New Fixed Assets Proposal From NCUA: Onsite Coverage
WASHINGTON - The NCUA approved a proposal Thursday at the agency’s monthly board meeting that would remove any limits associated with the level of fixed assets.
The NCUA received 36 comments on the original fixed assets proposed rule, which was approved at the NCUA board meeting in July of last year.
“While most supported additional flexibility, many also said that neither the 5% aggregate threshold or the Fixed Asset Management process were needed,” NCUA Board Vice Chairman Rick Metsger said. “Today the board is taking those comments to heart by issuing a new rule incorporating both of those suggestions.”
Intended to provide regulatory relief for credit unions, the new proposal eliminates a provision in the current fixed assets rule that establishes a 5% aggregate limit on investments in fixed assets for federal credit unions with $1 million or more in assets.
The new proposal also eliminates the provisions in the current rule related to waivers from the aggregate limit.
“In addition, the proposal simplifies the fixed assets rule’s partial occupancy requirements for federal credit union premises acquired for future expansion by establishing a single six-year time period for partial occupancy of such premises and by removing the 30-month requirement for partial occupancy waiver requests,” according to the board action memorandum.
NCUA Board Chairman Debbie Matz said each credit union would have to set a fixed asset level that is reasonable.
Metsger said the agency had to propose a new rule because the revisions go beyond the scope of the July 2014 proposal. The revised proposed rule is being put out for a 30-day comment period.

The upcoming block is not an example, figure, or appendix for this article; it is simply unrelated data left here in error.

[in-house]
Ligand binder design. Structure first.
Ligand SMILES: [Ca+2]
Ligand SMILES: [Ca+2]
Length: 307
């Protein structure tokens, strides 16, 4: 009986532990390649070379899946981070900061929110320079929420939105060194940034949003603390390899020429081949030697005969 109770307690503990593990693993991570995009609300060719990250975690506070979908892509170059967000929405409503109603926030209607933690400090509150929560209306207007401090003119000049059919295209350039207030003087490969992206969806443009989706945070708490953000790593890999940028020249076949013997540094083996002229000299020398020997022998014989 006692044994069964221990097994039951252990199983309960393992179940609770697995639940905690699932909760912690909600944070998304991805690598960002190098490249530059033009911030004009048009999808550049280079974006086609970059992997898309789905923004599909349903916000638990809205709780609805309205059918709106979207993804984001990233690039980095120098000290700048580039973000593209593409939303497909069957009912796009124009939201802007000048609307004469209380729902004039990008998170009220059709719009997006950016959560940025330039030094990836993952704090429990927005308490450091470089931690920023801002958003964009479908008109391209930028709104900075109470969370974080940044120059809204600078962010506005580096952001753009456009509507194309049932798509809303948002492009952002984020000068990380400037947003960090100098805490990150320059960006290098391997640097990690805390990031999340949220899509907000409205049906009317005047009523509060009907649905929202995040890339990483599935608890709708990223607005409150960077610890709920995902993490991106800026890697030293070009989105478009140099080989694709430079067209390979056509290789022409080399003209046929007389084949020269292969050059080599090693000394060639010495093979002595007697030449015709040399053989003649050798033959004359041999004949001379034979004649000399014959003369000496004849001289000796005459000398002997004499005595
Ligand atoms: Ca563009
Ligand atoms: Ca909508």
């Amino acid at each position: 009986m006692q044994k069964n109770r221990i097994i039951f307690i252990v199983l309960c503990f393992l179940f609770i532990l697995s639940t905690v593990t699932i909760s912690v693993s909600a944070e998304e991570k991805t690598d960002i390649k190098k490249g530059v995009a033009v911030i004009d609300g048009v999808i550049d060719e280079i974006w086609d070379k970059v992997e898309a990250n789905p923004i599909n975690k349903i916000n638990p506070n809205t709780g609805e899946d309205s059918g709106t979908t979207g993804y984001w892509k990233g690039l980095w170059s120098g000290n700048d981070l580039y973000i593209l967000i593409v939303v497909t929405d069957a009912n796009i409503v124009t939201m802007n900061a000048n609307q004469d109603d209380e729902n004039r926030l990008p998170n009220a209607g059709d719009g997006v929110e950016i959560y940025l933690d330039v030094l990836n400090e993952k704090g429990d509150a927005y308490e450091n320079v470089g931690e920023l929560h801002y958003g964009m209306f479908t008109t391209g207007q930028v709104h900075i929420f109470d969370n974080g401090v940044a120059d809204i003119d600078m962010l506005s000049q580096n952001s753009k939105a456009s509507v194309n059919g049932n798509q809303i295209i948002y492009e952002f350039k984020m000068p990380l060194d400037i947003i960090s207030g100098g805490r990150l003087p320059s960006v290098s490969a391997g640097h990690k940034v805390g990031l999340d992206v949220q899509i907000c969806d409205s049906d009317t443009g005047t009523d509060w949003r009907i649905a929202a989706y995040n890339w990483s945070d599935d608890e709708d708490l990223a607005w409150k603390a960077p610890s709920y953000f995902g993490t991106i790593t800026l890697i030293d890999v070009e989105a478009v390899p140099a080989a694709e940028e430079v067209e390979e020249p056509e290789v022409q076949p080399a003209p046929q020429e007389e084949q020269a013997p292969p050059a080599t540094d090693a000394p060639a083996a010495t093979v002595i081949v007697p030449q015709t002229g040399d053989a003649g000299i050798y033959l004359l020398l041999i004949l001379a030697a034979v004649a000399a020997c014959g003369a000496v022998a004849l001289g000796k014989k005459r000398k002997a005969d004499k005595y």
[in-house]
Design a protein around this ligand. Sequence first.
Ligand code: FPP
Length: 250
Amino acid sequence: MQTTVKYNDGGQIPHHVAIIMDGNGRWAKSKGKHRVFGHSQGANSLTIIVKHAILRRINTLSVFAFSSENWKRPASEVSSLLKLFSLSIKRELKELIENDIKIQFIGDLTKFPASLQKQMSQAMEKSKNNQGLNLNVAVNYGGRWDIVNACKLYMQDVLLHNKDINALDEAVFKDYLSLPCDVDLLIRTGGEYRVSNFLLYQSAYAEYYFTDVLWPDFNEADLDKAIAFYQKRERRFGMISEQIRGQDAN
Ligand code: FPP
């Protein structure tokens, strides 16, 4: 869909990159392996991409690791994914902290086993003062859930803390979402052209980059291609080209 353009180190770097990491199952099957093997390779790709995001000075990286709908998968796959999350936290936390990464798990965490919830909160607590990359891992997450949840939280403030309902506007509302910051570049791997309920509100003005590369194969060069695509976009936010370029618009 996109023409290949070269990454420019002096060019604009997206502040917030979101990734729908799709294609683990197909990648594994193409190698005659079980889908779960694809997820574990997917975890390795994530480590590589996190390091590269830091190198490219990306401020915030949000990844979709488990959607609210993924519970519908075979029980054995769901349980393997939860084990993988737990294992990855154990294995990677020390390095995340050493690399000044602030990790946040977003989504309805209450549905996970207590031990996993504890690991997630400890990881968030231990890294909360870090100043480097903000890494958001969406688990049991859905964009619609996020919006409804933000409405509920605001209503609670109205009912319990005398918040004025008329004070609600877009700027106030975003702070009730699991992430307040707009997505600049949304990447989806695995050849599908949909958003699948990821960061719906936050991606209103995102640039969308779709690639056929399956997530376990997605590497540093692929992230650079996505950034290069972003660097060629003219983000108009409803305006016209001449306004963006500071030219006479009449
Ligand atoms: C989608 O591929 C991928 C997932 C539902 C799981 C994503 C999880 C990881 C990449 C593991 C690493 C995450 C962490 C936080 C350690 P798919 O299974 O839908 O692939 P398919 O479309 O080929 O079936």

“The main reason we don’t need to micromanage in this area is that credit unions and their management have a built-in incentive not to invest in assets on which they can’t earn a return,” he said. “This issue is largely self-regulating because credit unions want to earn a return for their members on every dollar they possibly can, and fixed assets don’t earn the return that a good loan provides.”
NCUA Board Member J. Mark McWatters said he thought the last proposal was increased regulation but the revised version is a move in the right direction.
If the NCUA board finalizes the 2015 proposal, the agency plans to issue an updated supervisory guidance to examiners that would be shared with credit unions. The guidance would outline expectations for a credit union to demonstrate appropriate due diligence.
“The guidance will ensure examiners effectively identify any risks to safety and soundness due to an federal credit union’s excessive investment in fixed assets,” the proposal said.
NCUA Director of Examination and Insurance Larry Fazio said the agency currently has a very early draft of the guidance.
NCUA Chief Financial Officer Rendell Jones presented the corporate stabilization fund quarterly report. Jones said the fund’s positive net position does not mean credit unions can get rebates at this time.